Part III: The Finale
Brazil 2014 will be the set for another epic power struggle between Nike and Adidas
Nike have traditionally outshone the FIFA sponsors Adidas in terms of ‘buzz’ surrounding its marketing prior to previous tournaments, with this year no different, and early signs showing they’re winning the battle for customers as well.
Both companies have a lot at stake, Nike are looking to gain ever higher profits in football sales than the £1.2bn achieved last year, whilst Adidas are targeting a total of £1.6bn in football sales to halt sales declines across many of its key markets.
Prior to the World Cup starting Adidas had said that they were “definitely” on track to net the additional revenue they had forecasted. The brand has gradually built demand for its products since last November to ease the pressure on its tournaments trading.
In the weeks coming up to the competition we saw a flurry of advertising activity with Nike creating their “Winner Stays” advert turning a generic kids football match into a surreal star-studded affair, transforming the kids into their idols one-by-one. Adidas led their campaign with “The Dream”, relatively self-explained, illustrating Leo Messi’s World Cup dream, and a last frame allowing you a choice between ‘all in’ or ‘nothing’.
Closer to the tournament starting and carrying forward into the tournament Nike and Adidas have released further adverts. Nike have developed avatars of their poster boys Neymar Jr and Ronaldo as a part of their “Risk Everything” strategy.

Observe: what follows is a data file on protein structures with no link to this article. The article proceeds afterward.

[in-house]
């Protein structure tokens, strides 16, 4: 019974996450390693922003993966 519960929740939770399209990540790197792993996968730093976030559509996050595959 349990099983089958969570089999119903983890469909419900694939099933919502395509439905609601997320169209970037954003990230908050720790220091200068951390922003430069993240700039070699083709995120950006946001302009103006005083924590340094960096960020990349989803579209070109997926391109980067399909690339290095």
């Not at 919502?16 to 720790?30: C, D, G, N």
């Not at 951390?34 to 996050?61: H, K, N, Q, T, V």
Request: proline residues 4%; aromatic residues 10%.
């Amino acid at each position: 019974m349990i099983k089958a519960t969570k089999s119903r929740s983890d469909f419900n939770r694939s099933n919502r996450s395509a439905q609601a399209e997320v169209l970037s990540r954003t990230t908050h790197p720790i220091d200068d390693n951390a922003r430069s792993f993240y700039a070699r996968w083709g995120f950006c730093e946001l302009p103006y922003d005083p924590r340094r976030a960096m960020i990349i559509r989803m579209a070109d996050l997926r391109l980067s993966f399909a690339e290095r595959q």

Adidas on the other hand adopted a more ‘human’ approach by calling on footballing legends Zinedine Zidane and David Beckham in their “All in, or nothing” campaign.
The efforts to date have seen Nike take a commanding lead over Adidas when it comes to harnessing buzz around their brand and the World Cup. Nike secured 200,118 social mentions between the 20 April and 6 June, according to communications agency Way to Blue, with 99,725 positive affinity mentions about the brand and its World Cup campaign. Adidas sparked 88,041 mentions in comparison with 9,530 of these posts discussing a positive affinity with their campaign.
However, it is not just in the attention stakes Nike seems to be winning out. Purchase intent for the American company jumped 2.1 points to 14.6 over the last month, a statistically significant rise according to YouGov’s Brand Index, while Adidas’ score dropped 0.3 points to 10.9.
The verdict so far
It’s all even in terms of teams;
Brazil (Nike) vs. Germany (Adidas)
Netherlands (Nike) vs. Argentina (Adidas)
But as the figures show, Nike is winning the sporting brand battle, after initial Adidas success prior to the World Cup, Nikes’ advertising leading up to and during the tournament have helped them jump ahead of their biggest rivals.
However, as Brazil’s Quarter Final match against Columbia drew to a close Neymar Jr was fouled and sustained a fractured vertebrae ruling him out of the rest of the tournament, a huge blow for Brazil, and Nike as both of their pre-tournament poster boys will now not kick another ball in this year’s tournament. Adidas and Leo Messi could yet snatch both the brand and footballing World Cup from under Nikes noses.
The questions now are; will Adidas be able to force their way back into contention to win one over their rivals Nike? Can Adidas’ real-time campaign prove to be a success? More of the same from Nike or will they raise the bar higher?
And finally, will we get a Nike vs. Adidas final showdown? I hope so…
More to come, watch this space. Is it the right time for real-time?